This looks fantastic. A local nanobrewery is doing a collab with homebrewers to make halloween candy inspired beer. I ws invited to participate and I was thinking of making a chocolate coconut porter (mounds bar), but I think I like this recipe even more maybe. A couple of questions, maybe you can help.

1) The brew day is 5 weeks before the party. You have several months before brew day and tasting. Do you think this will clear and mellow out in such a short time? I find dark brews take longer to clear and condition when I bottle condition at home.

2)What do you think about adding some cocoa powder late in the boil or nibs with the vanilla and coconut? Would it have more of a mounds character, or was it already going that way?

3)Any other ideas for a halloween candy themed beer that might be quicker?

Thanks for all you share with us :)

The Mad Fermentationist (Mike) said...

1. No reason to wait as long as I did. I like to take my time with tasting notes. I get to know a beer by drinking it at different times and under different conditions. Plus I was still working on my new kegerator still... Five weeks should be plenty for a similar recipe, it didn't change much after it went on tap.

2. I like the character I get from a cocoa powder paste post-fermentation for a beer like this. In the boil cocoa powder won't hold up to the coconut. Nibs during conditioning can be more high-grade dark chocolate, could be great, but less "candy bar." If you go that route, you may want to up the coconut too.

3. I think chocolate-coconut is a good option. Alternatively, you could play with peanut butter ;I've had some fun ones, but generally not anything I want five gallons of.

Best of luck!

Unknown said...

I have made this batch with exceptional reviews from my friends and family. I love what the coconut and vanilla do the darker malt favors. It does taste like an oak aged beer without the need for a barrel. Definitely will brew again.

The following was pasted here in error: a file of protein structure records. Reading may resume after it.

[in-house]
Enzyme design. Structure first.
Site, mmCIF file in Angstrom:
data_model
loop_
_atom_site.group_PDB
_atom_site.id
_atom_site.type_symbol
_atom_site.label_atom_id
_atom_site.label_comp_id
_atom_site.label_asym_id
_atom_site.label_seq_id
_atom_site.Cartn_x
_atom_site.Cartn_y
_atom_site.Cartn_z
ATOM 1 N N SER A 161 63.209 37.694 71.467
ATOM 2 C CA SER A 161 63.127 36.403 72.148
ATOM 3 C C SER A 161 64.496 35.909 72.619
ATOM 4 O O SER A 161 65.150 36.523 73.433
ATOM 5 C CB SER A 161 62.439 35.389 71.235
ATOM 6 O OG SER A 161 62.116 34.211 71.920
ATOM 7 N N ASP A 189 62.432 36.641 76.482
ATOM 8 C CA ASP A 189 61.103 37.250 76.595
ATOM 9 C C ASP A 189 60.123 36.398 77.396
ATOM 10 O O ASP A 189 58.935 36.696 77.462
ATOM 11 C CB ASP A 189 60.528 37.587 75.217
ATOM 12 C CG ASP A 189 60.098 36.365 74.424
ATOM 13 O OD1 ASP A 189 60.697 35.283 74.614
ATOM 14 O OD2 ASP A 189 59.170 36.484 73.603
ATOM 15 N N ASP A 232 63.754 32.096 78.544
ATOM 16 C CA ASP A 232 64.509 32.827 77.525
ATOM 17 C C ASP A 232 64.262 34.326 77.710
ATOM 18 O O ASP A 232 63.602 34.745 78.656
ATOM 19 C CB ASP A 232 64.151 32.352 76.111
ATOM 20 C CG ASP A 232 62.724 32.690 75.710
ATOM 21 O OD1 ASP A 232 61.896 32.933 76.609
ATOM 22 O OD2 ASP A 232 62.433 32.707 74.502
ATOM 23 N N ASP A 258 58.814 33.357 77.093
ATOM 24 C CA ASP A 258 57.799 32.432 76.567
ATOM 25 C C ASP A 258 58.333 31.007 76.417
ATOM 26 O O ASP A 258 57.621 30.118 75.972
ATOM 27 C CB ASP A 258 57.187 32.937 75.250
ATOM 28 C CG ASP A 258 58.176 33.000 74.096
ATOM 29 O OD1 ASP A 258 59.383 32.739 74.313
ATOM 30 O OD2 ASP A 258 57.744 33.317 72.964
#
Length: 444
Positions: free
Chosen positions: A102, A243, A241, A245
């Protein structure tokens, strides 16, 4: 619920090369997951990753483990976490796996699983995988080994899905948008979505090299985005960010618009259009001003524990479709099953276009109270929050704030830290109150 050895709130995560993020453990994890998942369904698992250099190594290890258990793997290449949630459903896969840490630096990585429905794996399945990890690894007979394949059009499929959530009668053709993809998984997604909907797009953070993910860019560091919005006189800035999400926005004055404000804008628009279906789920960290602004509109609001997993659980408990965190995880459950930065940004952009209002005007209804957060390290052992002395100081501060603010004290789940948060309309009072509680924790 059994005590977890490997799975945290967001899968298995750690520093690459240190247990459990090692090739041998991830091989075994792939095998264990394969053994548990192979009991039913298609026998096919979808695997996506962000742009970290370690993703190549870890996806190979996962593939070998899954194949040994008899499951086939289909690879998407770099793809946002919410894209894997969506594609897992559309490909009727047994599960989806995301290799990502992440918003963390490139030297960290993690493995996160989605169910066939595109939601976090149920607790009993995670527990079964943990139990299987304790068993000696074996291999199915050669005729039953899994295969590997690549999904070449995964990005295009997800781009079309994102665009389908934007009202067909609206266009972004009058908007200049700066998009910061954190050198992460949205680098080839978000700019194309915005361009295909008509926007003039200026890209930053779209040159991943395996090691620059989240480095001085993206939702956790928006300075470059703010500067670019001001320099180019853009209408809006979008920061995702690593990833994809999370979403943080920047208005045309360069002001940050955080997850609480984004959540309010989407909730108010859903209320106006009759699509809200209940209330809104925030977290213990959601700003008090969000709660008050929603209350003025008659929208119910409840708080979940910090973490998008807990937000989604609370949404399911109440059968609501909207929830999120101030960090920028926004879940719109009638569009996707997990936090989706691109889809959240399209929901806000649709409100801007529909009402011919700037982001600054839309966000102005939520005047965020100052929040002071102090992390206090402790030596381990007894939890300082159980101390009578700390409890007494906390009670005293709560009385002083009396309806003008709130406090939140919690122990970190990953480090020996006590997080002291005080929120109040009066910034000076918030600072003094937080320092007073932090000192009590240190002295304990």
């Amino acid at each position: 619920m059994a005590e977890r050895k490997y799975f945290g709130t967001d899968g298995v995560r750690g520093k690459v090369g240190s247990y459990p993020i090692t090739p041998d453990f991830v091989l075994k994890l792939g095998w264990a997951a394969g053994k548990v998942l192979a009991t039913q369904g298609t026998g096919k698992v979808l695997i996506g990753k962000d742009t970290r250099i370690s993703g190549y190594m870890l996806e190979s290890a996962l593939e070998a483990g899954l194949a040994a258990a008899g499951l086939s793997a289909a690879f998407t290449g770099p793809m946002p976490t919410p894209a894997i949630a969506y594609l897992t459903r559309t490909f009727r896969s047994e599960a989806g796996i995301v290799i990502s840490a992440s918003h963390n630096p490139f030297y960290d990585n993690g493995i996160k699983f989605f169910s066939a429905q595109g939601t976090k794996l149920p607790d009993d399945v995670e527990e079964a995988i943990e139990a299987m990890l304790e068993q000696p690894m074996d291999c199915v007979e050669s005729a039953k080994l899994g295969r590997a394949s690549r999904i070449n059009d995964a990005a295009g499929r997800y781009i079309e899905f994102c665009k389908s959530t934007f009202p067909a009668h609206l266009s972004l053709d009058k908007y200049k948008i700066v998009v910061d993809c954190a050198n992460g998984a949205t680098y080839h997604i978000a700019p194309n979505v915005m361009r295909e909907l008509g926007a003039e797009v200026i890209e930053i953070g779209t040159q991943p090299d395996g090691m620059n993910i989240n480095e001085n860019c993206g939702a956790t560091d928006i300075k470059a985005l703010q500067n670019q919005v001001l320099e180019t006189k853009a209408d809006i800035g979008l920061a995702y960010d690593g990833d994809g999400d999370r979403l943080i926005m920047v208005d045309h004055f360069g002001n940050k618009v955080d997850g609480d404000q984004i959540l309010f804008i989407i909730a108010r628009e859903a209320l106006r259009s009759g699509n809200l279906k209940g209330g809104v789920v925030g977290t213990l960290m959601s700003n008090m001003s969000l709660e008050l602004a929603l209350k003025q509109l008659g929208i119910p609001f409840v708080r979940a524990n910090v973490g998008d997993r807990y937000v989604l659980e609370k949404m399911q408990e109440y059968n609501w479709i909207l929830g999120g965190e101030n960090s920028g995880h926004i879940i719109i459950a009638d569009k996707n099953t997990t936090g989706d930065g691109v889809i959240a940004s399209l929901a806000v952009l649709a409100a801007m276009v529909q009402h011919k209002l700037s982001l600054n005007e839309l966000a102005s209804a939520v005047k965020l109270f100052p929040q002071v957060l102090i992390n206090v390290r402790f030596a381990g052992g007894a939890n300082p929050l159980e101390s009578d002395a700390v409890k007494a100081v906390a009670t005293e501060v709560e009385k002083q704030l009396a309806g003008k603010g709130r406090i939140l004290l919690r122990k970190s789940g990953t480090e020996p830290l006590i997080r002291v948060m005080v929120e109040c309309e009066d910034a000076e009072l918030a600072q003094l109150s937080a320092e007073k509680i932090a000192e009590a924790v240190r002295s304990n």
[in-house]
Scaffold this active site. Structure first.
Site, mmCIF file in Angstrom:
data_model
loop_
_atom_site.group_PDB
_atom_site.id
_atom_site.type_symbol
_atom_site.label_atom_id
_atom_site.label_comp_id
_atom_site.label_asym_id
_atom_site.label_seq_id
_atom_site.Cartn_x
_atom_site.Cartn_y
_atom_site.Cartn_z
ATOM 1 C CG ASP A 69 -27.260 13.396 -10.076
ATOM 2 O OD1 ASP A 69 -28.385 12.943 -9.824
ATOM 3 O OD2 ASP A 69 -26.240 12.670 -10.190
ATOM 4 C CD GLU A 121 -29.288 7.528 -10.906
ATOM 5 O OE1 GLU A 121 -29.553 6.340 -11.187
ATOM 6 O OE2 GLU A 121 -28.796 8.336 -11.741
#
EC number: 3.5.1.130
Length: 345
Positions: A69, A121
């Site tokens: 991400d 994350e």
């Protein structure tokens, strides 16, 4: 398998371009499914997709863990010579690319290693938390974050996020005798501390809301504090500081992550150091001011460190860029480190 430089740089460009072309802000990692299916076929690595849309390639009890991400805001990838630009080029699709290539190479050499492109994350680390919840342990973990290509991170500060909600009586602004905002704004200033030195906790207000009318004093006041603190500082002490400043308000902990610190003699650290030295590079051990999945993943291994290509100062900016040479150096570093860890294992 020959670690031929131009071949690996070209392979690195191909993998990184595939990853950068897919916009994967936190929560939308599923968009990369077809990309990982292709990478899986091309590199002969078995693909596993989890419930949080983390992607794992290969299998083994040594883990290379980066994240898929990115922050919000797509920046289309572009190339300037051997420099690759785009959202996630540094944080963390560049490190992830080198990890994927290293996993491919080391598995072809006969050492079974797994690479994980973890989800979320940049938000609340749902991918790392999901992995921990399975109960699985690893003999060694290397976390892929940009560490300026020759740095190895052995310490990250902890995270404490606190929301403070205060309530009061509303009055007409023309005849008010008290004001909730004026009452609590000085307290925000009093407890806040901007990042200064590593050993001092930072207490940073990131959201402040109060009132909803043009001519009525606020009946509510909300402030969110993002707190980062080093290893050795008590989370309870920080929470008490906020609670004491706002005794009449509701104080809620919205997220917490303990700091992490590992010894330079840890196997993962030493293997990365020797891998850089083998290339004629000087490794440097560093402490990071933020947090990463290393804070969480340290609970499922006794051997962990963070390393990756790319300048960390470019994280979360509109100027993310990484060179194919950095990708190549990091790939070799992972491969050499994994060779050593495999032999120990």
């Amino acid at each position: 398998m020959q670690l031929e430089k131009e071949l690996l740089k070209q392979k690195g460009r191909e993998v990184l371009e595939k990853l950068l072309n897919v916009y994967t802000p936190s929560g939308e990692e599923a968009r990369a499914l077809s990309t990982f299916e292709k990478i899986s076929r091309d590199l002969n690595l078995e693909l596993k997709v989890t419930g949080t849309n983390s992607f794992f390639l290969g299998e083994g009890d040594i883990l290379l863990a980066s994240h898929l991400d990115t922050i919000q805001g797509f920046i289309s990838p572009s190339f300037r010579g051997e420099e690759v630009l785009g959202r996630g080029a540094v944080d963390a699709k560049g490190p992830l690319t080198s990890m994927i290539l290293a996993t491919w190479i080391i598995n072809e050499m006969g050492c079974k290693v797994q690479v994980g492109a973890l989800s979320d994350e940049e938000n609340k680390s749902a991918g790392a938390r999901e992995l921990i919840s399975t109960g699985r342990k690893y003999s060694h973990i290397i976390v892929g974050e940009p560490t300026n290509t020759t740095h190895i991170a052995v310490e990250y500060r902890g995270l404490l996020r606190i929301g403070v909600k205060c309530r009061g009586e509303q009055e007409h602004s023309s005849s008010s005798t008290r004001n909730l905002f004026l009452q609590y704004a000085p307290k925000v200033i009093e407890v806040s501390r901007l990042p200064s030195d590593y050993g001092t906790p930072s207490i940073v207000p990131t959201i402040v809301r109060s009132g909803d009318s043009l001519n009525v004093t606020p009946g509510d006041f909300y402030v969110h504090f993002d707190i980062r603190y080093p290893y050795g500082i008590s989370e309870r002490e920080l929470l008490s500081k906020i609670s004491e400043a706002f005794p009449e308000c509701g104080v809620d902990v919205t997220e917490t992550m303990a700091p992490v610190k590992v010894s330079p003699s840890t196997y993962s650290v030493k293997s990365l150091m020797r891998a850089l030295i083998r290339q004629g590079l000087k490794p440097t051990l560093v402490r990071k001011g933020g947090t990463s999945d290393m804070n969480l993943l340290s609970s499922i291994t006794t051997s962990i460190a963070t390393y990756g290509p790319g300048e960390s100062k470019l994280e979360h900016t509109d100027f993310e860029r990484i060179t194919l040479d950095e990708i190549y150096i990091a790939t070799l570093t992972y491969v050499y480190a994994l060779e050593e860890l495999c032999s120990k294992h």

The Mad Fermentationist (Mike) said...

Cheers, always nice to hear when things work out! Any tweaks you'll make next time around, or happy with it as is?

Unknown said...

I think I will adjust the lactose. I think I over did it and it was a little sweet. I think I will balance it out with slightly less lactose. I think my old scale got stuck and didn't get the measurement correct. Will use my new digital scale next time

The Mad Fermentationist (Mike) said...

Always tricky! I'd also suggest adding it to taste, rather than following my (or anyone else's) recipe. Flavor perception can be wildly different person-to-person, better to proceed carefully with lactose, salt, acid etc.

You could always blend it to reduce the sweetness if it isn't bottled already!

Beer Blogger said...

This was an outstanding recipe! I have it aging in my bourbon barrel, I've fermented it without the lactose, vanilla or coconut and it tastes amazing, so much so that I'm thinking of splitting the 10 Gallons and leaving half plain and the other half with the vanilla and coconut. The only tweak I made was the hop achedule; I used .25 oz of Citra and 1.25 oz of colombus, simply because that's what I had on hand. Thanks again for this killer recipe!